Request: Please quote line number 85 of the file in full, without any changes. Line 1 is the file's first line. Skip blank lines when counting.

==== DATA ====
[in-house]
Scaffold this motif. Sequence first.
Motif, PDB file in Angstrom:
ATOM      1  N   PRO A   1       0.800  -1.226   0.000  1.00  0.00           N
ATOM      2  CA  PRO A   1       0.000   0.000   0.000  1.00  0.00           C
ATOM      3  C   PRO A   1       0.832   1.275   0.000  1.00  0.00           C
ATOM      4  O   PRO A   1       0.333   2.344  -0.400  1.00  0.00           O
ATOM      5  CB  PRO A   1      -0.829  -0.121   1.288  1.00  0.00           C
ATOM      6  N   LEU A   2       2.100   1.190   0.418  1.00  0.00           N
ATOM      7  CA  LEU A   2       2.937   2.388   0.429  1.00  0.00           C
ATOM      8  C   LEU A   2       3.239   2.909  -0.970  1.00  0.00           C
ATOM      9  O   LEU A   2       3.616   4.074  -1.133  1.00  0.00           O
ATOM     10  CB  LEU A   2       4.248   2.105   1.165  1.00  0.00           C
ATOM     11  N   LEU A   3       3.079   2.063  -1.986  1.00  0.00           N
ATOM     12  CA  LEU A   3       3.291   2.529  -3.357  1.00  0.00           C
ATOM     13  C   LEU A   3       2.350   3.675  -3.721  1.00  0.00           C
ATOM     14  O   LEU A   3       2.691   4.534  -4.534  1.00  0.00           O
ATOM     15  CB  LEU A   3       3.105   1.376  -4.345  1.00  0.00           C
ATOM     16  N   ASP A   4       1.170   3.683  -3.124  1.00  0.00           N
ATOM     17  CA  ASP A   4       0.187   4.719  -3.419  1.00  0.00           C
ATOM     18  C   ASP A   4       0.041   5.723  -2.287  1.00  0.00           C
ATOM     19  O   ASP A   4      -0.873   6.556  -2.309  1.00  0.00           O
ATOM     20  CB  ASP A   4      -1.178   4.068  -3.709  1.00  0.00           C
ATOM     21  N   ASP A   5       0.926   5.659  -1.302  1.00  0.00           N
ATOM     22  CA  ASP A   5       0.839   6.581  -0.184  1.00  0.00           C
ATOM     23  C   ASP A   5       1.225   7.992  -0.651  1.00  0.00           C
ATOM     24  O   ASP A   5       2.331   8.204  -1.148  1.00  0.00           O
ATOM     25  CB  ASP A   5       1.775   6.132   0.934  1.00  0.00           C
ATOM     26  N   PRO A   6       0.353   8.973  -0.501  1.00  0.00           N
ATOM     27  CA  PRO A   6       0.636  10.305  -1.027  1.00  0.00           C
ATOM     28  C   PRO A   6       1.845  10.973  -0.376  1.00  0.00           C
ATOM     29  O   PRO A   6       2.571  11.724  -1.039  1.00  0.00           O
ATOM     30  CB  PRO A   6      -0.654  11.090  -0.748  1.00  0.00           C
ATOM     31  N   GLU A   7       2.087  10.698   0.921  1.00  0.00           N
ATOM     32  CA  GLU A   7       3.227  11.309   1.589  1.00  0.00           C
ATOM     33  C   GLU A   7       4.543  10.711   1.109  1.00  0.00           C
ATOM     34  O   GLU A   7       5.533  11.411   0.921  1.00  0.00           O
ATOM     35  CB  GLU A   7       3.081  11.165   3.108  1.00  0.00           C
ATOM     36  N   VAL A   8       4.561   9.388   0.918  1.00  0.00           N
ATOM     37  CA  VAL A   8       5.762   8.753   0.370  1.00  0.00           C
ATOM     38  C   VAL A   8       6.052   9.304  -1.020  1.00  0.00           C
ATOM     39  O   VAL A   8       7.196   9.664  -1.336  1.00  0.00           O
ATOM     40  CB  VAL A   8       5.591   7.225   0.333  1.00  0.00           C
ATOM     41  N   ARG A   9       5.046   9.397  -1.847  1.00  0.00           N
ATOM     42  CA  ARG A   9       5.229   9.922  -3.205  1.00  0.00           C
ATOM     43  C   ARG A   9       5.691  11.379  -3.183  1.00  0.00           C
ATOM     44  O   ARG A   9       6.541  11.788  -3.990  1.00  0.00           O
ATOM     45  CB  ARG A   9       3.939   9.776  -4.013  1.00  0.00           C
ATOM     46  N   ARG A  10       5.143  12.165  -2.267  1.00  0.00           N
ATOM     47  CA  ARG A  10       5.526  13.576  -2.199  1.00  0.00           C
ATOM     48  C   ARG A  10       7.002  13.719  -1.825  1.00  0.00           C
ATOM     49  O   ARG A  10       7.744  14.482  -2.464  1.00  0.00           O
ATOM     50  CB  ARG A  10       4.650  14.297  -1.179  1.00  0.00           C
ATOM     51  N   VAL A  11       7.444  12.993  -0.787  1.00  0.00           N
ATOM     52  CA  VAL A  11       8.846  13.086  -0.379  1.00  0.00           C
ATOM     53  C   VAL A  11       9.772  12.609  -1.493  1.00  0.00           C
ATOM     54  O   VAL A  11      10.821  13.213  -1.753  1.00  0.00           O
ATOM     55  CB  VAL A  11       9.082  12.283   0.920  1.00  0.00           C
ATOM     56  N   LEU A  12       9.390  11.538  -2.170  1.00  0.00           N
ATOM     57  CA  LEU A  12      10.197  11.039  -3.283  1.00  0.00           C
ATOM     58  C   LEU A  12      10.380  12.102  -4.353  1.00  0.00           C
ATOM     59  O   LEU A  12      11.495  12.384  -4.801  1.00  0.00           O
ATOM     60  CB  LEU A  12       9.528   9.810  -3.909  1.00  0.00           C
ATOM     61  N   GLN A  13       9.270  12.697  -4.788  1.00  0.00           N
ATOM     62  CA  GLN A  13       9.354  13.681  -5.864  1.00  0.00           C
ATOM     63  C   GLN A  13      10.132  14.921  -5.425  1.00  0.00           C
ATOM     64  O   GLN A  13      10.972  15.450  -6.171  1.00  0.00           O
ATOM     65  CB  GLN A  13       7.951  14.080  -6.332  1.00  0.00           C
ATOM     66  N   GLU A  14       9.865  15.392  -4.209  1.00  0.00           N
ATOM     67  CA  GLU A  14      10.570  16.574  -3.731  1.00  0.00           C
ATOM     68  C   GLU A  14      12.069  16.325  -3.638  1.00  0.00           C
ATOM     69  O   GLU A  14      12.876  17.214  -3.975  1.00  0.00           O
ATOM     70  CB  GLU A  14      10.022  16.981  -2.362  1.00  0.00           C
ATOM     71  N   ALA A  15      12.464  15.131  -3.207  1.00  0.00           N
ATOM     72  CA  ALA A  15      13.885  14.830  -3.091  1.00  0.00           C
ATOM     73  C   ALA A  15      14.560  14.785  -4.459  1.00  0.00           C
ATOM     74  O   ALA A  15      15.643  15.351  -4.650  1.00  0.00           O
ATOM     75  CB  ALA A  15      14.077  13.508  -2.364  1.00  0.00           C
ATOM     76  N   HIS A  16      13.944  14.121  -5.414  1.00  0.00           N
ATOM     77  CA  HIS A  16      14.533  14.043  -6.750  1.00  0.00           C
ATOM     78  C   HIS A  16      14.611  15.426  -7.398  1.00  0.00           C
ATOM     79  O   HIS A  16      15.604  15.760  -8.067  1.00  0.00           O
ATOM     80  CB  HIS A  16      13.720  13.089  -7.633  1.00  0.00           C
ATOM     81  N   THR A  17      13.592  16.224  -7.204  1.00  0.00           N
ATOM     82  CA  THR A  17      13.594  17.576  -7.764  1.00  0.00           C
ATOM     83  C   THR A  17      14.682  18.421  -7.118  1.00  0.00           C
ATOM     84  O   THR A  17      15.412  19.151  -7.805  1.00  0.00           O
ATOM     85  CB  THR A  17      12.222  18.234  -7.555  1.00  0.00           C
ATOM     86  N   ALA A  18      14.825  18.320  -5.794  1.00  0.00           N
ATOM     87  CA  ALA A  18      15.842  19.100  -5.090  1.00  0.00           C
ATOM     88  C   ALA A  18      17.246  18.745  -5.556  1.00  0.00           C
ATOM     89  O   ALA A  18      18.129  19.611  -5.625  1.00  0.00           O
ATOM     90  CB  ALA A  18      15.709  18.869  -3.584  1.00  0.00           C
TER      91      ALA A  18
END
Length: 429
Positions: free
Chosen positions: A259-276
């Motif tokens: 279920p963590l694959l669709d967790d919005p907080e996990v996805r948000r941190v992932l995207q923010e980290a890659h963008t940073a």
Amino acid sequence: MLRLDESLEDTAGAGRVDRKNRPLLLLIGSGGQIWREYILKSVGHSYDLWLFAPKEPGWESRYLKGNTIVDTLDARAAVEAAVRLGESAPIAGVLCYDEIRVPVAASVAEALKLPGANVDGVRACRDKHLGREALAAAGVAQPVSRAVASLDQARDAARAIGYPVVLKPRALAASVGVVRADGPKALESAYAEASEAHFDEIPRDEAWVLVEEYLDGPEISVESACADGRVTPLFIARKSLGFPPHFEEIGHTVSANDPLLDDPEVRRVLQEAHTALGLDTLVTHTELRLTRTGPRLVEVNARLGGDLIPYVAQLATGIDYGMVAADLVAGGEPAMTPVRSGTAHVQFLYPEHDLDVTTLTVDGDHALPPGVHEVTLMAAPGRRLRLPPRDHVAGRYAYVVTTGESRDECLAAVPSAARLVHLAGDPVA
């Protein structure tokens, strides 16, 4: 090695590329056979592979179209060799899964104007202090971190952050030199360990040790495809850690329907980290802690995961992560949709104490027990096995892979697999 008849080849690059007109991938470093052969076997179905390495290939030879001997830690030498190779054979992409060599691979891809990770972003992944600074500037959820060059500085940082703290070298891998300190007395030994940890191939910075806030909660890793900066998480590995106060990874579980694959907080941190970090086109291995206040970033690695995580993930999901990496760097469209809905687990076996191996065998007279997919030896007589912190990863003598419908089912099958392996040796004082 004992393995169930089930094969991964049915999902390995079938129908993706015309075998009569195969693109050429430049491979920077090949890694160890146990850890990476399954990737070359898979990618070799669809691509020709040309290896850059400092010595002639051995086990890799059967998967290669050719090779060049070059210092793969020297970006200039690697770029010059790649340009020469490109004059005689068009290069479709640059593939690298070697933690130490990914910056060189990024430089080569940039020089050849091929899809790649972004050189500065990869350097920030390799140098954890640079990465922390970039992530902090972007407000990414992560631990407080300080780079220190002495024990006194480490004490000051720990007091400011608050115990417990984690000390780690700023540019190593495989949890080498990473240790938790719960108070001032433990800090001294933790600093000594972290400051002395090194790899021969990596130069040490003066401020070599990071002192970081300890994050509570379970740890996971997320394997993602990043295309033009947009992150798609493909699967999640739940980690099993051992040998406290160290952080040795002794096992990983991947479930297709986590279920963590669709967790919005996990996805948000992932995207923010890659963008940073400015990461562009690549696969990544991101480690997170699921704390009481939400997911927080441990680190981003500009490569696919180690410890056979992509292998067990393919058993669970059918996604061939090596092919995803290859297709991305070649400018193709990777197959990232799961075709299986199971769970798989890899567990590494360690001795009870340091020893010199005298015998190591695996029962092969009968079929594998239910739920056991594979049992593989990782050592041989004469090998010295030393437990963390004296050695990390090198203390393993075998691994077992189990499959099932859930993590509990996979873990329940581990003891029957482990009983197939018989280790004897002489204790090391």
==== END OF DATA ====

ATOM     82  CA  THR A  17      13.594  17.576  -7.764  1.00  0.00           C